1989: four players with double-digit homer totals: McGwire, 33, Dave Henderson, 15, Parker, 22, Canseco, 17. The A’s ranked sixth in the A.L. in homers, with 127.
2012: eight players with double-digit homer totals: Reddick, 32, Cespedes, 23, Moss, 21, Carter 16, Gomes, 18, Crisp, 11, Smith, 14, Inge, 11. The A’s ranked sixth in the A.L. in homers, with 195.
1989: .331 on base percentage, third in the A.L., led by Rickey’s .425 and Lansford’s .398.
2012: .310 on base percentage, twelfth in the A.L., led by Cespedes’ .356 and Moss’ .358.
The 2012 A’s struck out 1387 times, the most in the A.L., setting a new A’s "record"; the 1989 A’s struck out 855 times, ninth in the A.L.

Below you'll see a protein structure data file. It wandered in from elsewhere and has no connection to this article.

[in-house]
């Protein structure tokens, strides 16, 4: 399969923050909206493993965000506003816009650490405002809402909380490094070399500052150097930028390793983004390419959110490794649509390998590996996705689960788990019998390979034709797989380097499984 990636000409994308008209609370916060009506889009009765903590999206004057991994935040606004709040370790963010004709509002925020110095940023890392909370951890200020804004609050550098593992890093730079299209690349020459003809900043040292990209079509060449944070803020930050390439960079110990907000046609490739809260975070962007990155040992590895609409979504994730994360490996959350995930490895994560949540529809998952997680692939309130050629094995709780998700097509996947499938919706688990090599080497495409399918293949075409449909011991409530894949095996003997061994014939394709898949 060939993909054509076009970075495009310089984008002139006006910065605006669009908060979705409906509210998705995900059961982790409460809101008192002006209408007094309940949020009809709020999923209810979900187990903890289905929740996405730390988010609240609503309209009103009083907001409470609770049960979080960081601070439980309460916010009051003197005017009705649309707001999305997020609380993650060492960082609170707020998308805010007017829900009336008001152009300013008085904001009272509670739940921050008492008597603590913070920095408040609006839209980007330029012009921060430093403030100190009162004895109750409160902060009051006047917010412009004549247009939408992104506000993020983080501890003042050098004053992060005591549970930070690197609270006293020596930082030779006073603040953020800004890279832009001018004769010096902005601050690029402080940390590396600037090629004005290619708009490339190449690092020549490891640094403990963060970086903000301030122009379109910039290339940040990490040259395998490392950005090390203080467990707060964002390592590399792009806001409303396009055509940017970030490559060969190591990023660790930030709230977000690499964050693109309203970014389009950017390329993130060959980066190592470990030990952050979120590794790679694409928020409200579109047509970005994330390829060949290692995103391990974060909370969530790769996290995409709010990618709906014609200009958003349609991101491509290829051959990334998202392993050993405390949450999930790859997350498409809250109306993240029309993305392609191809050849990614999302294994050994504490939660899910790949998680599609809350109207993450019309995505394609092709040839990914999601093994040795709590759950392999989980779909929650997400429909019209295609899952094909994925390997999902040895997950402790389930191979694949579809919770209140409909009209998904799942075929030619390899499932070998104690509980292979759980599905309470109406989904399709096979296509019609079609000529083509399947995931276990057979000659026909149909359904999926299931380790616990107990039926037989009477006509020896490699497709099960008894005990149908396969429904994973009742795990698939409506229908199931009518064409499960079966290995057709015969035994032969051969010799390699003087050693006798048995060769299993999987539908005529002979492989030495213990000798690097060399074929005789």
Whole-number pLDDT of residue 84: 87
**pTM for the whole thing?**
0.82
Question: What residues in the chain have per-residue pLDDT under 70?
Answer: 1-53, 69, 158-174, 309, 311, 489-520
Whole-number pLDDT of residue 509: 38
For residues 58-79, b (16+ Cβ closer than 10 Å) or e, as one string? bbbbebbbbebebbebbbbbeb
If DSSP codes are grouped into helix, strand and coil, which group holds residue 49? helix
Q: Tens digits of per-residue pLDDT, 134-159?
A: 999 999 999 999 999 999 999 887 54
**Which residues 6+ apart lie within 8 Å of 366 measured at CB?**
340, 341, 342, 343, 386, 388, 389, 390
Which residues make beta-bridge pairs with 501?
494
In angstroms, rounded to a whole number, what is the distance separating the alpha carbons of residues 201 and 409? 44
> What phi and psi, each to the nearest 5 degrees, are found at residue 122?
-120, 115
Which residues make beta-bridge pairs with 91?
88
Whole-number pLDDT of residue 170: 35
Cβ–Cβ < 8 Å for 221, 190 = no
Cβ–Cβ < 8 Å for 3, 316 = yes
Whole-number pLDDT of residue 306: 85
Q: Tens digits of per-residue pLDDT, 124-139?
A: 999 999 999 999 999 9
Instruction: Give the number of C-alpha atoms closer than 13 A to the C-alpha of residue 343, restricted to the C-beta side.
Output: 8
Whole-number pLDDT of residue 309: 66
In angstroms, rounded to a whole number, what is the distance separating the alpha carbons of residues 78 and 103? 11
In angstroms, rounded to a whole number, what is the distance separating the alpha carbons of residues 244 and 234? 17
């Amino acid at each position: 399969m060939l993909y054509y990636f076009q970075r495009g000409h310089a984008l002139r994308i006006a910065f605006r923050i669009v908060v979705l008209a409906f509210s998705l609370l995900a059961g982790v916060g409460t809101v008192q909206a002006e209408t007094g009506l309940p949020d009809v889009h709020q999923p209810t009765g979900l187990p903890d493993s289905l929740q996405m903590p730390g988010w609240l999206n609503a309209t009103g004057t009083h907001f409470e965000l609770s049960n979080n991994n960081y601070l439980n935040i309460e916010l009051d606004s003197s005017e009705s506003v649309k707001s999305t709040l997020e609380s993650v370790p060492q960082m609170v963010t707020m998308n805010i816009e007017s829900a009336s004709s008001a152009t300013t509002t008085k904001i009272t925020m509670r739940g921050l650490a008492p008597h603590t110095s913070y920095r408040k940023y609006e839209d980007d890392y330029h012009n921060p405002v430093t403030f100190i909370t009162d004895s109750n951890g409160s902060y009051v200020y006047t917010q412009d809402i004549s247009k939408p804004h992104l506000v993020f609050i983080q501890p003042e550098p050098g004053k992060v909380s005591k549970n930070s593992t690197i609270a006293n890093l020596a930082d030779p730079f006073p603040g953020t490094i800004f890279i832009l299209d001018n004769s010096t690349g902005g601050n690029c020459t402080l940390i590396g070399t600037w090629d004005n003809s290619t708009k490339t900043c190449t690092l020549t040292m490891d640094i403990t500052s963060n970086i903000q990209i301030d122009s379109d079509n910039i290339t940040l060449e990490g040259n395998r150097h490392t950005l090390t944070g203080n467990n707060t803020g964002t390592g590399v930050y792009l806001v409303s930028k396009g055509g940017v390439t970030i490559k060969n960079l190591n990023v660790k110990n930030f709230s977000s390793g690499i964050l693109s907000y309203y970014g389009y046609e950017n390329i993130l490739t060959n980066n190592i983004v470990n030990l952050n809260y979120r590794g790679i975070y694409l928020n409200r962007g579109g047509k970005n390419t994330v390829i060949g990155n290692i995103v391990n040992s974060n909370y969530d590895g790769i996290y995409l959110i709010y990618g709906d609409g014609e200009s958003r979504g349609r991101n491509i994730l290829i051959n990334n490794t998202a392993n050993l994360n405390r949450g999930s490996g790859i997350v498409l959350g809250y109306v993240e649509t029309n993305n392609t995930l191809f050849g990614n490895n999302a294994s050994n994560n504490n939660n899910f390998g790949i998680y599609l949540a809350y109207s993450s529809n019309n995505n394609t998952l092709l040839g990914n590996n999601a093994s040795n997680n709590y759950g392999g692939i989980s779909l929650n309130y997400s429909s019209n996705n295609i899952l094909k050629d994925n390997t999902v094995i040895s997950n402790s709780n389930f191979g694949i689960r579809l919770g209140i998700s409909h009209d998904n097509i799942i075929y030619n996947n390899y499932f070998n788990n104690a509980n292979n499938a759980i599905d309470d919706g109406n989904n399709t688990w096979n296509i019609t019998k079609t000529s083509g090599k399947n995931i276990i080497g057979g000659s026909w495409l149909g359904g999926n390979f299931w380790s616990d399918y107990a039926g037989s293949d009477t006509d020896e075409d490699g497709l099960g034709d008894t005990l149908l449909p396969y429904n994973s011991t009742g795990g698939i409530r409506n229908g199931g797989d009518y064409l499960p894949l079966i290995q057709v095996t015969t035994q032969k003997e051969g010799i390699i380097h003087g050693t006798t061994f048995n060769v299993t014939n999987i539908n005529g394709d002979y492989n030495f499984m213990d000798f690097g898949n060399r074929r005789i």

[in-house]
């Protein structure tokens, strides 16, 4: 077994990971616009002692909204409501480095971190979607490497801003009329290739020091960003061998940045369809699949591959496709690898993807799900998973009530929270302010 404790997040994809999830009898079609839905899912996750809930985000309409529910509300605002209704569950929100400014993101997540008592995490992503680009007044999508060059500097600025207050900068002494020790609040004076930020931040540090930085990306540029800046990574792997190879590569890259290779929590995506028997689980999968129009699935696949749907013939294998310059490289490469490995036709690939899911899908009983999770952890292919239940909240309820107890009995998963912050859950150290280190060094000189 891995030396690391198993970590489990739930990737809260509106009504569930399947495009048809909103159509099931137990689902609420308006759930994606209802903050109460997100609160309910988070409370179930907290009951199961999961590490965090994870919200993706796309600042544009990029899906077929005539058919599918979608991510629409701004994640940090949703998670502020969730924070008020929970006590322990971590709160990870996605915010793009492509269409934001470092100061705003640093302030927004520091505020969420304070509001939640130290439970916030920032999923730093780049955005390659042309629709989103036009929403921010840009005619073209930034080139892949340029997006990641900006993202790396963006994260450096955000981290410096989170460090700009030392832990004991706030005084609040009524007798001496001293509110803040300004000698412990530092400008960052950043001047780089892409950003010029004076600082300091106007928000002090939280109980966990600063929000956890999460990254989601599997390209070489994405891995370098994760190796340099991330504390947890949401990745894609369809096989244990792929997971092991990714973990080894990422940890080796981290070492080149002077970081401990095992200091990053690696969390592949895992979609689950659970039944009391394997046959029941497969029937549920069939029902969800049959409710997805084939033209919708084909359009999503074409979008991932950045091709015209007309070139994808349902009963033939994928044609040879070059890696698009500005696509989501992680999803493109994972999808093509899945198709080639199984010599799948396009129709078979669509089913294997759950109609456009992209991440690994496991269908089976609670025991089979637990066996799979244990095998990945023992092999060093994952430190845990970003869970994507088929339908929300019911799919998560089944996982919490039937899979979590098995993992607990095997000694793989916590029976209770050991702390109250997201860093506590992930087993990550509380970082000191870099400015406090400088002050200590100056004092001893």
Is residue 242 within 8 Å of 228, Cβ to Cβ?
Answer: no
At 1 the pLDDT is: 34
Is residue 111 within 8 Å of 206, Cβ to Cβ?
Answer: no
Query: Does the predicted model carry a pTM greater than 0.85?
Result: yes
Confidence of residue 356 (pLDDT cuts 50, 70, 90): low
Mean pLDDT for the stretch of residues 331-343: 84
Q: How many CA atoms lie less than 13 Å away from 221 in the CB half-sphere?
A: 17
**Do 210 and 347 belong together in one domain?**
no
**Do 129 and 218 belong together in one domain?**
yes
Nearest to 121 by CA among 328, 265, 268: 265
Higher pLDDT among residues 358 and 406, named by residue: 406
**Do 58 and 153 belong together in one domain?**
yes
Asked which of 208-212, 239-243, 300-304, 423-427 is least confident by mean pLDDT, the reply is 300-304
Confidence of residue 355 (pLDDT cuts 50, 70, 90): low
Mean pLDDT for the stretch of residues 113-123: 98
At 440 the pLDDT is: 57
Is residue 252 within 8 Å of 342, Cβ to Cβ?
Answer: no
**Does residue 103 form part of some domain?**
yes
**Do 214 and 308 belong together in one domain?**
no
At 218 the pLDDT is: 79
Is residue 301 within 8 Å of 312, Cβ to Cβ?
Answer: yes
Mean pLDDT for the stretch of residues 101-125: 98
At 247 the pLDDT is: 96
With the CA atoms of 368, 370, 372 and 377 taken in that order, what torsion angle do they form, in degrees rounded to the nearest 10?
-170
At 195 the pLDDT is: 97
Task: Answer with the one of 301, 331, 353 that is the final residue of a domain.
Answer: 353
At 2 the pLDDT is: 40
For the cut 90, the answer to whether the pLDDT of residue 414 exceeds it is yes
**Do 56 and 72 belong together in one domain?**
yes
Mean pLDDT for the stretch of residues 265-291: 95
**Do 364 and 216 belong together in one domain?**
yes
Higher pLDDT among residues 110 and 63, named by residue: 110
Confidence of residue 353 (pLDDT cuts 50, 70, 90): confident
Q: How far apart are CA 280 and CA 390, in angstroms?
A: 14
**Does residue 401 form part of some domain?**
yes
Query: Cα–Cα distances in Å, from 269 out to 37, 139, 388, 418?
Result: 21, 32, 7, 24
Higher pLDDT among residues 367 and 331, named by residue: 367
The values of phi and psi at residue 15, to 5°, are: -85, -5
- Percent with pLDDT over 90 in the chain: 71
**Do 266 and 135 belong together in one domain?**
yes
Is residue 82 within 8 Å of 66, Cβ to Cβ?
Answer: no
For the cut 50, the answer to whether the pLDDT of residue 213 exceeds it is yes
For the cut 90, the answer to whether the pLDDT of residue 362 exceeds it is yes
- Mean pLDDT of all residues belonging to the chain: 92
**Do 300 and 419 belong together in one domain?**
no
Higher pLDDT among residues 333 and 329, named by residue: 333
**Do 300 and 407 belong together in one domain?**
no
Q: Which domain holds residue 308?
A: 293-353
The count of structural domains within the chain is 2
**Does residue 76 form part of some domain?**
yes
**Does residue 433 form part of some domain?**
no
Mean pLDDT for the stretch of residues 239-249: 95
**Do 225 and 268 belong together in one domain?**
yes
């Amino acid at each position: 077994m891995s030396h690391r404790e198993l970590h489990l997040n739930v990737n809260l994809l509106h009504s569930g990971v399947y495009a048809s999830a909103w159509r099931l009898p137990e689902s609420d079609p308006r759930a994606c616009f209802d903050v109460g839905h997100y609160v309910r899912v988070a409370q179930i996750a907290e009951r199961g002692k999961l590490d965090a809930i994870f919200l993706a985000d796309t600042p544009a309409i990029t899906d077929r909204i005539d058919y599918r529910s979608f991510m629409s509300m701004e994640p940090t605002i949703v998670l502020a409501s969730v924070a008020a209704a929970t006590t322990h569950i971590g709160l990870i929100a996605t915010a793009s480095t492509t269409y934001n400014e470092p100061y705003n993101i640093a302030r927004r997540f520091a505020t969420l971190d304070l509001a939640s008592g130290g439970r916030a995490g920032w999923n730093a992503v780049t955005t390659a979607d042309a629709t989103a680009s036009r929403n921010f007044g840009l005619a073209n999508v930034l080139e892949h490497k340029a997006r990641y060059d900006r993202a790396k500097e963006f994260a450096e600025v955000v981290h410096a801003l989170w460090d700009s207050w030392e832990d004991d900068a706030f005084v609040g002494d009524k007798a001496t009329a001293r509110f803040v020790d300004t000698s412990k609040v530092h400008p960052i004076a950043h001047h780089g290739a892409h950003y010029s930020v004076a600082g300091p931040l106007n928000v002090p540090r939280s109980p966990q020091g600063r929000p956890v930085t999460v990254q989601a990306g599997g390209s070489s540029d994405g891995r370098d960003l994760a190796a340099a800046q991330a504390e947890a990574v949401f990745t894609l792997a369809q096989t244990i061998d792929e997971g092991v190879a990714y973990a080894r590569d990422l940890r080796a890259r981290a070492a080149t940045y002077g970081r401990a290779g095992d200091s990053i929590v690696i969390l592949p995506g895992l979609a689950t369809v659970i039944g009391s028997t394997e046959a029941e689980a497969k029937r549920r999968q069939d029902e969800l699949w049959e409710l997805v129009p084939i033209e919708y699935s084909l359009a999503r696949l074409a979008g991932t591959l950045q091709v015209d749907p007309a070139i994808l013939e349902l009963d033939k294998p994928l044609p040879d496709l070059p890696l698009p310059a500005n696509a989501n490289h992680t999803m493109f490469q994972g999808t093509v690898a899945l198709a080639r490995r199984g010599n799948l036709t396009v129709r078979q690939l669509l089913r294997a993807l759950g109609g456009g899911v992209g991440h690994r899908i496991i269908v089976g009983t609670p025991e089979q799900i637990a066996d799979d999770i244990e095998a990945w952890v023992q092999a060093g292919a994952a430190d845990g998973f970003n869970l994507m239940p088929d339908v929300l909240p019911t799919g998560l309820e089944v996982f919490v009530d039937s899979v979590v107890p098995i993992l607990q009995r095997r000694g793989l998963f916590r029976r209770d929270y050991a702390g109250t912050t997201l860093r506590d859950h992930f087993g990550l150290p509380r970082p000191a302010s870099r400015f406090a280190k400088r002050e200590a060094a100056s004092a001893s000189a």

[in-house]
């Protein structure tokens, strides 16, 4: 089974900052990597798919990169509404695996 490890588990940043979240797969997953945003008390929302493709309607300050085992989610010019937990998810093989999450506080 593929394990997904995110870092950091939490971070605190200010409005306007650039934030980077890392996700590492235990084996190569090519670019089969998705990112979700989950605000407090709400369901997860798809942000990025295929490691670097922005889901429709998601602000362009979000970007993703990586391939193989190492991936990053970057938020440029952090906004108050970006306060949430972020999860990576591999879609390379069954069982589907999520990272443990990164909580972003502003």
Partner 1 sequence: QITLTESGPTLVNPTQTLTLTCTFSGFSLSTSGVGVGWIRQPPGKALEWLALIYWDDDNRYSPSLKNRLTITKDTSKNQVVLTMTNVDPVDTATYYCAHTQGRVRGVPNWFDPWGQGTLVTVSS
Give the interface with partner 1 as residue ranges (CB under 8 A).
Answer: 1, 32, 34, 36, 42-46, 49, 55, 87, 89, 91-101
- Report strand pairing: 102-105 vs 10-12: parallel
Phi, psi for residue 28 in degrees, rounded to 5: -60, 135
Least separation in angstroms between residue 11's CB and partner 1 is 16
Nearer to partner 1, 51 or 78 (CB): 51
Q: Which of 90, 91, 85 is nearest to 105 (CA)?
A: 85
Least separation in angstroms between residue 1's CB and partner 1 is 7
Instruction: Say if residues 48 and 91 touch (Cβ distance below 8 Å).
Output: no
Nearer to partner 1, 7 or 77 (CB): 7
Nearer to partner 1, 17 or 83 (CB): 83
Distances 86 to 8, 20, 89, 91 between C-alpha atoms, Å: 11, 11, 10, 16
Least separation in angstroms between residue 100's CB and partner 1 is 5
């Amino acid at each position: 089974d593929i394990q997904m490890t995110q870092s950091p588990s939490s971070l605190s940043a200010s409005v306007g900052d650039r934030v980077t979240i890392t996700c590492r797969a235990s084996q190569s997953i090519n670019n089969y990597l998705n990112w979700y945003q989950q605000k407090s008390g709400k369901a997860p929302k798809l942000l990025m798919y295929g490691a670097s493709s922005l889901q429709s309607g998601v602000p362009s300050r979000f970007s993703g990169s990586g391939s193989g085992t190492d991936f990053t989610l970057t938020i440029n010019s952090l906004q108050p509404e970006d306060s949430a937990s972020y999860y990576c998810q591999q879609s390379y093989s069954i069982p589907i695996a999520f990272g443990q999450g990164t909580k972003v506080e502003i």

1989 pitching: Team era of 3.09, first in the A.L. led by Mike Moore’s 2.61, Bob Welch’s 3, Dave Stewart’s 3.32, and, among the relievers, Eckersley’s 1.56, Todd Burns’s 2.224, and Honeycutt’s 2.35.
1989: 3 complete game shutouts, all of them Moore’s, to rank first in the A.L. 17 complete games, 8 by Stewart and 6 by Moore.
2012: 0 complete game shutouts, and only one complete game, by Tommy Milone.
If you think of the '89 A's as setting a standard for future teams, the A's, more than anything else, need to get their OBP up in order to get ready to win a World Series. And here are a few '89 What Ifs: I think people looking back would have a very different image of that team if Canseco had missed the entire season, Saberhagen hadn't had such a good season and Moore/Stewart had gone 1-2 in the Cy Young vote, or the A's had a no-hitter/perfect game or two to remind people how good the pitching was.